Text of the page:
If you’d like to remain mostly hands-off during the ADU building process, you will want to have conversations with trusted contractors in your area to determine which company will be the best fit for your project needs. Find out if they are able to do all construction in-house, or if the company will need to hire out subcontractors for various steps, such as plumbing and electrical. If so, make sure you trust the partners they work with.
While your building team will likely be well-versed and knowledgeable about the best layout and design for the project you’re building, it will be important to advocate for your desires and vision early on in the process, so that everyone is on the same page.
For inspiration, try Pinterest or a Google image search for “Accessory Dwelling Units.” Pay attention to what you love and which designs will work well with the space you have or are wanting to build!
Keep in mind whom the end-user of your ADU build will be. Is this an investment property for future renters? Keep the design neutral and timeless.
Is it for an elderly family member to move into so he or she can be close to the grandbabies and receive help with day-to-day activities? Communicate that to your design team to ensure all included elements attend to those needs.
Is it for an adult child, going to college in the area? Consider keeping his/her opinion in mind during the process. Constructing an ADU is no small feat, so make sure all contributors are “doing it right the first time.”
It is absolutely essential, before you proceed with plans to build your ADU, that you find out what your local city government’s mandates and policies are regarding new building projects in your neighborhood. Each city and/or county has different laws regarding the size of your lot, where and what can be built in your neighborhood, and which permits, applications, and licenses are required.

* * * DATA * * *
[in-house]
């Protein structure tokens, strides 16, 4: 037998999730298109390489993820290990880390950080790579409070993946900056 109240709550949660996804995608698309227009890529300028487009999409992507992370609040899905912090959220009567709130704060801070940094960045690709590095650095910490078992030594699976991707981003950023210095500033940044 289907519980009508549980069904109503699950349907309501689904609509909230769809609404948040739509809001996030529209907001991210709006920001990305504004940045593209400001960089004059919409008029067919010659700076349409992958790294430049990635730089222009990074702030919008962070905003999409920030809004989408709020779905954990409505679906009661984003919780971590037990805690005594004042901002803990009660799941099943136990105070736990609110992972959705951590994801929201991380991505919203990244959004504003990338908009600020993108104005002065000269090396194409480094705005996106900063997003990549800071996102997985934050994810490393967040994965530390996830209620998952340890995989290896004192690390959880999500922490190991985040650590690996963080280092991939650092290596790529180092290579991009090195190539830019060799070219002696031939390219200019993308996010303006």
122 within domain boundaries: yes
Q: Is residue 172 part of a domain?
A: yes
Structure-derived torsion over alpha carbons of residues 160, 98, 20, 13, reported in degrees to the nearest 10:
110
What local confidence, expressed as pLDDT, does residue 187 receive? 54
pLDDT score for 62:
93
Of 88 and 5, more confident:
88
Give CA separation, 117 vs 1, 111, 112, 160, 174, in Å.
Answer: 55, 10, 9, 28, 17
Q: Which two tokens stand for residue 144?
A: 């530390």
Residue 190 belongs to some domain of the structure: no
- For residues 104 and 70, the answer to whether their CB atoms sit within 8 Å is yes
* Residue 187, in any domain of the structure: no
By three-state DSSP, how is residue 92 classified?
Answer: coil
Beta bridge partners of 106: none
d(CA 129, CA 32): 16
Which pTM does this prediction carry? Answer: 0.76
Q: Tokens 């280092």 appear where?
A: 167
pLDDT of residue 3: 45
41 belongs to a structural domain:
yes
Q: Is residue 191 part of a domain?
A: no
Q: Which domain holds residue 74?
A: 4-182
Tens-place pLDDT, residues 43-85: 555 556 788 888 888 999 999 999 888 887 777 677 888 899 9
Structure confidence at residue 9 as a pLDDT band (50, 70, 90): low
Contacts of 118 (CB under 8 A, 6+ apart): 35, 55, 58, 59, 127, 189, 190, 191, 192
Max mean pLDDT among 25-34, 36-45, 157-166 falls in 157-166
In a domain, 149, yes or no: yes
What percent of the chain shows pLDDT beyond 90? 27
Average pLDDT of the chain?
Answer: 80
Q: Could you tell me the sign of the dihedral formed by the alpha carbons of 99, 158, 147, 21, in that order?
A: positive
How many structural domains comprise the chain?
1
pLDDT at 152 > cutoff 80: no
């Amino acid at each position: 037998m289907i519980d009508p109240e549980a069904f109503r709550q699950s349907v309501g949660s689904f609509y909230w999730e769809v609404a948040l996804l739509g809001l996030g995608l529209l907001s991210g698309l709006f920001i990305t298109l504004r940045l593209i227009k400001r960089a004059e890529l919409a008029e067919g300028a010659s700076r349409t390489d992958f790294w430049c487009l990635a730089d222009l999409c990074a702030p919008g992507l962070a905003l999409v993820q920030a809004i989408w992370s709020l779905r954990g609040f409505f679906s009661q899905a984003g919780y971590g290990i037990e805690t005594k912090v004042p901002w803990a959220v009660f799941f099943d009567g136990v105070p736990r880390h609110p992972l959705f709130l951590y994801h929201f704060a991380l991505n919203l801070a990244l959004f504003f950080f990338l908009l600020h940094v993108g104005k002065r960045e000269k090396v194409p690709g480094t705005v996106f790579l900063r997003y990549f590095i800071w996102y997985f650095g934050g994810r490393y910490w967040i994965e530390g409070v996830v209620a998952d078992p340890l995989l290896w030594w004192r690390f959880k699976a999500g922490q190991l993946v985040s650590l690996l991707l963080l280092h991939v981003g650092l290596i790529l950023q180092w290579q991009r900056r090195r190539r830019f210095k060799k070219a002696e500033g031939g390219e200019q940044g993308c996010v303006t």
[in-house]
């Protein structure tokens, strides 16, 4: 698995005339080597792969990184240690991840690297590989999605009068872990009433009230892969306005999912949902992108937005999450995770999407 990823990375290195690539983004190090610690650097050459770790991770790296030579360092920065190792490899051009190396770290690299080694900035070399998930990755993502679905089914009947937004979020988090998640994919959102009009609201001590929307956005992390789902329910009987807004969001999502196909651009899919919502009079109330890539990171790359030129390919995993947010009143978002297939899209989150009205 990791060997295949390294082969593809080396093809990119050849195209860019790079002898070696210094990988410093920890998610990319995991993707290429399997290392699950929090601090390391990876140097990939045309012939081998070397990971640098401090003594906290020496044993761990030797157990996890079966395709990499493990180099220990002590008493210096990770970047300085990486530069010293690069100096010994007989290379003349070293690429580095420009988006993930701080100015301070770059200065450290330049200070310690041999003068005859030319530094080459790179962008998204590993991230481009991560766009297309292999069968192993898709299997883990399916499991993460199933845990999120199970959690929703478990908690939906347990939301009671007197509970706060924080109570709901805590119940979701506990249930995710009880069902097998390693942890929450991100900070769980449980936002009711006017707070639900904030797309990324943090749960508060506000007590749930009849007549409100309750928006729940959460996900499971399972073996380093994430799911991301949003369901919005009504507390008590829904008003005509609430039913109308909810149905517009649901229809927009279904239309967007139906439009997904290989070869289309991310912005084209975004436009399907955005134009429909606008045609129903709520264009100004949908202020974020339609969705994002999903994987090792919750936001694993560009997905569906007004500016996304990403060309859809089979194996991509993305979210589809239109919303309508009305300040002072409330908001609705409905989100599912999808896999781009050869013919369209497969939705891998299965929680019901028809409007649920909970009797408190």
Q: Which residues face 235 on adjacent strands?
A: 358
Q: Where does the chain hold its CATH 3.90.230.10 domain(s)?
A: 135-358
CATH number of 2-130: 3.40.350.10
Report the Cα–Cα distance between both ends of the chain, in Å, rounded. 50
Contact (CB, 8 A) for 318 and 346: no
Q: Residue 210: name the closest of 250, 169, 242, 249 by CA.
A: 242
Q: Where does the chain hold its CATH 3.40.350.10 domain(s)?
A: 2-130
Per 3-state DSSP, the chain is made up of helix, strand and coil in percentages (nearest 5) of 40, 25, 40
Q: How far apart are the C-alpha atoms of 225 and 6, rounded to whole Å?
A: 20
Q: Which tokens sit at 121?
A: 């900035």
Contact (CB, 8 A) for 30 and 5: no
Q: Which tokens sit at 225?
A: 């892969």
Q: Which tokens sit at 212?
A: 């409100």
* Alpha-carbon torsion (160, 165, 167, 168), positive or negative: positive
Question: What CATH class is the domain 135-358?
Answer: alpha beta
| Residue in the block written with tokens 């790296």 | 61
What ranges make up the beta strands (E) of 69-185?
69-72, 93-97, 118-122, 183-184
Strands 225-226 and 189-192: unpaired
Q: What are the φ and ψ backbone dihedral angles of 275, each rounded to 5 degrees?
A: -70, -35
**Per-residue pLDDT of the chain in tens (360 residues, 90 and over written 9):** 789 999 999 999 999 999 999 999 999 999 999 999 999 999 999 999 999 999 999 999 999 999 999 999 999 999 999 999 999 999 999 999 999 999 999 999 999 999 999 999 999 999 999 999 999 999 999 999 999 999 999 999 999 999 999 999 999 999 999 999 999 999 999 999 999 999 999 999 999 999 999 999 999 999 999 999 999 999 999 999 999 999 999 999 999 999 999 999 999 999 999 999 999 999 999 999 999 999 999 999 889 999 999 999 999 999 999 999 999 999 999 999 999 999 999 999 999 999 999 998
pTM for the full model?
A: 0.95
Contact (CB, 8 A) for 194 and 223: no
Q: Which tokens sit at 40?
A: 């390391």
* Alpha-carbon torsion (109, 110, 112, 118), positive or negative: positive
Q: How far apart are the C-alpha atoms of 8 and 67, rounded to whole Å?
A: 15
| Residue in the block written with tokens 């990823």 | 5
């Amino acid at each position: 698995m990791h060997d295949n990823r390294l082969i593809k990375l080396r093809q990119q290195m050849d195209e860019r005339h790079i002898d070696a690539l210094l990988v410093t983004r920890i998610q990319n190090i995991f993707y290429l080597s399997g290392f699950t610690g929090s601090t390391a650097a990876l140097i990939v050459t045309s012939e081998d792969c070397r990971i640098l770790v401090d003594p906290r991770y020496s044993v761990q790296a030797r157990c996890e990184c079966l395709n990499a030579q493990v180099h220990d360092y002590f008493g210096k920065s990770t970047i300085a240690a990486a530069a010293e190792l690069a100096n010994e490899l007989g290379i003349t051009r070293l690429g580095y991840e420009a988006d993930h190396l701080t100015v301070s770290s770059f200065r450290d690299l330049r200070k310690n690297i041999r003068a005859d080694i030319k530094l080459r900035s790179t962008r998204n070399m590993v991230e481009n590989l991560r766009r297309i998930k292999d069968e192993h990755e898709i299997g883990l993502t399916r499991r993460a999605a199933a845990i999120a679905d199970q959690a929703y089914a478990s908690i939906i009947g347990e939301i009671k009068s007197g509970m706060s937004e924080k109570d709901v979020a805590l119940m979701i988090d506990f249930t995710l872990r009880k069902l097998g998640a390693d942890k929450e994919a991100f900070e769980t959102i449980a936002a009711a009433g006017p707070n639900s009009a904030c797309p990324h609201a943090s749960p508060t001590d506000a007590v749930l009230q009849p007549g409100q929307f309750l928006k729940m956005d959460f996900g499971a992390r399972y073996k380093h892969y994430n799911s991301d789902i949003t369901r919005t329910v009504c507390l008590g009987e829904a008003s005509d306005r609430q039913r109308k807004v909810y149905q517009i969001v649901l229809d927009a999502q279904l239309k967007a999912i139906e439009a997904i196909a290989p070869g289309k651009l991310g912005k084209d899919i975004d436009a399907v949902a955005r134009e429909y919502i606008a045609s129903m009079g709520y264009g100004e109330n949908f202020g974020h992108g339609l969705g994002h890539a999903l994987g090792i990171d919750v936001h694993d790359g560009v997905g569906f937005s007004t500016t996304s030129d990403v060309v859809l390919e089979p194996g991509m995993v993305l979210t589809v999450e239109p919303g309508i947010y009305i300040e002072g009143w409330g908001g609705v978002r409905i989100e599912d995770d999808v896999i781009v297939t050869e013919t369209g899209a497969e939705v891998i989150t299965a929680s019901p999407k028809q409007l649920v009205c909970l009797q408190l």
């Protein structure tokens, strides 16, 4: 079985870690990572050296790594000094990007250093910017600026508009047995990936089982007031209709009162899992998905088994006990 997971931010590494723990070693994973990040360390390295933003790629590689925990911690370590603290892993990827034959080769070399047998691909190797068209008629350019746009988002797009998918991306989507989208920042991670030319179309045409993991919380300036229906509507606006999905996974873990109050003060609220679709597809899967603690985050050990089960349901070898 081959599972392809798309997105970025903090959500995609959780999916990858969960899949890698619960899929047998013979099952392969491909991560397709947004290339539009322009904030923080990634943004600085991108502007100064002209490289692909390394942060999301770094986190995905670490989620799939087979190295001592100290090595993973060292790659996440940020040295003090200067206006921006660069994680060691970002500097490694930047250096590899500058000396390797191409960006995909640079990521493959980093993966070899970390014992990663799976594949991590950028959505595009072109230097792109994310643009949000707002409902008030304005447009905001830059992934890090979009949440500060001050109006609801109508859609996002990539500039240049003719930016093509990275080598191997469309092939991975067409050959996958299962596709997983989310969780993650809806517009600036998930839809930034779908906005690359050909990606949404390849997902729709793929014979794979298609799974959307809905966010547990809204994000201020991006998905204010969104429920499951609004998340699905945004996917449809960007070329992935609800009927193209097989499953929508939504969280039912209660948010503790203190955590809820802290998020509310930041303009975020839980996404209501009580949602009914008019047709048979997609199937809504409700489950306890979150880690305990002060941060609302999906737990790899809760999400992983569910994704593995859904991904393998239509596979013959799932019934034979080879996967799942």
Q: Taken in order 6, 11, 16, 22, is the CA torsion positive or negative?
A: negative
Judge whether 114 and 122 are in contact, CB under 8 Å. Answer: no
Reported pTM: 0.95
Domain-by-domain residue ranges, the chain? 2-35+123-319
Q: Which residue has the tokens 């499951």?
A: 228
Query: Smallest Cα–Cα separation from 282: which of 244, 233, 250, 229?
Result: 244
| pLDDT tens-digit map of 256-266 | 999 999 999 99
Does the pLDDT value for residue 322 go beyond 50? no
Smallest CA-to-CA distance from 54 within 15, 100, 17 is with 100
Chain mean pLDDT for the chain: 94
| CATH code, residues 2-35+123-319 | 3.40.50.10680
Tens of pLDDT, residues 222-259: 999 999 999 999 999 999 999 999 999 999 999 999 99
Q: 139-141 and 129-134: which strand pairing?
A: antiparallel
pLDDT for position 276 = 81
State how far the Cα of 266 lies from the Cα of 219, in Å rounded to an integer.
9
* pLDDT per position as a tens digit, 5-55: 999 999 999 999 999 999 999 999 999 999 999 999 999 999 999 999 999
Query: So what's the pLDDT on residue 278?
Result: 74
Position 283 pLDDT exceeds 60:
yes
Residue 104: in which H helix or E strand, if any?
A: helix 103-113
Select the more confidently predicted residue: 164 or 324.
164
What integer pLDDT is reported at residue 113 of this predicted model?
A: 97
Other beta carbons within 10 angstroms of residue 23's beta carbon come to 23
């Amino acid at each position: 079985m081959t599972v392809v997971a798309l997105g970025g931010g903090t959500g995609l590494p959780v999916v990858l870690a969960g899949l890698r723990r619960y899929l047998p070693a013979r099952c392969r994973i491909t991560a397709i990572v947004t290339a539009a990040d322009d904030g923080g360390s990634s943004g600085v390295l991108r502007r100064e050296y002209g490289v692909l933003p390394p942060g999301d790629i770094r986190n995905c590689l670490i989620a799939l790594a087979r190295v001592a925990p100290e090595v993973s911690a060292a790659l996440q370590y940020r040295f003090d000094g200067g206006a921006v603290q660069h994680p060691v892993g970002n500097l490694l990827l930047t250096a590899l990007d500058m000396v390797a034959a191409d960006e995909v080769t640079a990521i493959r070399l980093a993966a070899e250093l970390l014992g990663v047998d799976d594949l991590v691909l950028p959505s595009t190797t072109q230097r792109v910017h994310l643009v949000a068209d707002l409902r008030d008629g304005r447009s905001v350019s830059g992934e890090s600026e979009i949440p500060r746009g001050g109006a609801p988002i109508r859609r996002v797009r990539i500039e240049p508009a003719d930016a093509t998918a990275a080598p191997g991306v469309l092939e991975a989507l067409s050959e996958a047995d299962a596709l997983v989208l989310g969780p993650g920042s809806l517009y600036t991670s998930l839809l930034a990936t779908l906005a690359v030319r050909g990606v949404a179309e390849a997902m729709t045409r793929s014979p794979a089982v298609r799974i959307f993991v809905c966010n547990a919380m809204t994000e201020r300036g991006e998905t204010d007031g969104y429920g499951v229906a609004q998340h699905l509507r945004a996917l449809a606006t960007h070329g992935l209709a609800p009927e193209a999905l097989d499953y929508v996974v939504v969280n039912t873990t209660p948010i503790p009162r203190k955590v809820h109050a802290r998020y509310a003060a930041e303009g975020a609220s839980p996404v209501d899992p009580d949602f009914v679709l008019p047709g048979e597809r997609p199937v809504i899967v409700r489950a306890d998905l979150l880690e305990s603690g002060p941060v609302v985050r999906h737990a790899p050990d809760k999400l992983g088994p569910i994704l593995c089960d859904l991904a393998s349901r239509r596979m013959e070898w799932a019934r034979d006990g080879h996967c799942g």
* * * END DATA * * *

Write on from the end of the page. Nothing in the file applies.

This can be determined by a simple entry in an online search engine (Google), or a phone call to your local government office for applicable information and forms.
H3 Construction and Design
If you’re looking for an Accessory Dwelling Unit contractor who is experienced and trained in both construction and design in Northern Colorado, h3 Construction and Design is your team of trusted professionals. h3 specializes in constructing spaces that are innovative, useful, and unique.
We will ensure that all of your custom ADU building and remodeling ideas come to life. We specialize in working with clients within all reasonable budget ranges, and will help you choose a design plan that is both functional and gives your project an outstanding presence.
No ADU job is too big or too small; here at h3 we provide superior service to all our clientele. We also offer a range of design amenities including full-spectrum drawings with 3-D imaging that can help you realize your dream before we begin building or remodeling.
Reach out today to begin a conversation about your Accessory Dwelling Unit construction project!